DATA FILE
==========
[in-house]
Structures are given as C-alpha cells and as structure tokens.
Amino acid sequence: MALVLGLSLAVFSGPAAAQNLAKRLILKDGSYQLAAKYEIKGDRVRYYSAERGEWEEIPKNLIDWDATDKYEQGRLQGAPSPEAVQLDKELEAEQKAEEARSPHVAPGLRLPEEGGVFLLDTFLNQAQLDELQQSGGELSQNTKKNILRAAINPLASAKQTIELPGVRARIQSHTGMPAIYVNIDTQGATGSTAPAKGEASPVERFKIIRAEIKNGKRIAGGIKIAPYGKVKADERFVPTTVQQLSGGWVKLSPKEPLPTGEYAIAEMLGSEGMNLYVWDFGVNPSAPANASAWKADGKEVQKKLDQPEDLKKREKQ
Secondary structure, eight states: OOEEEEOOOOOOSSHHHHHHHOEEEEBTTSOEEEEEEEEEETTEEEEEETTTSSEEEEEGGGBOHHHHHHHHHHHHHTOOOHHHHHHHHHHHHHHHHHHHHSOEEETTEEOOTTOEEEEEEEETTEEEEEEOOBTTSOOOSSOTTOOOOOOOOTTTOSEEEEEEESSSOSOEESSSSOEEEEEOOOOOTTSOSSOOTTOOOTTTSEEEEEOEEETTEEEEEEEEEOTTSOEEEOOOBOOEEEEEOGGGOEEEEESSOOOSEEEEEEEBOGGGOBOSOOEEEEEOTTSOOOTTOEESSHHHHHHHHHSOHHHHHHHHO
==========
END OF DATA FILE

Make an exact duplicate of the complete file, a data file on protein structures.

[in-house]
Structures are given as C-alpha cells and as structure tokens.
Amino acid sequence: MALVLGLSLAVFSGPAAAQNLAKRLILKDGSYQLAAKYEIKGDRVRYYSAERGEWEEIPKNLIDWDATDKYEQGRLQGAPSPEAVQLDKELEAEQKAEEARSPHVAPGLRLPEEGGVFLLDTFLNQAQLDELQQSGGELSQNTKKNILRAAINPLASAKQTIELPGVRARIQSHTGMPAIYVNIDTQGATGSTAPAKGEASPVERFKIIRAEIKNGKRIAGGIKIAPYGKVKADERFVPTTVQQLSGGWVKLSPKEPLPTGEYAIAEMLGSEGMNLYVWDFGVNPSAPANASAWKADGKEVQKKLDQPEDLKKREKQ
Secondary structure, eight states: OOEEEEOOOOOOSSHHHHHHHOEEEEBTTSOEEEEEEEEEETTEEEEEETTTSSEEEEEGGGBOHHHHHHHHHHHHHTOOOHHHHHHHHHHHHHHHHHHHHSOEEETTEEOOTTOEEEEEEEETTEEEEEEOOBTTSOOOSSOTTOOOOOOOOTTTOSEEEEEEESSSOSOEESSSSOEEEEEOOOOOTTSOSSOOTTOOOTTTSEEEEEOEEETTEEEEEEEEEOTTSOEEEOOOBOOEEEEEOGGGOEEEEESSOOOSEEEEEEEBOGGGOBOSOOEEEEEOTTSOOOTTOEESSHHHHHHHHHSOHHHHHHHHO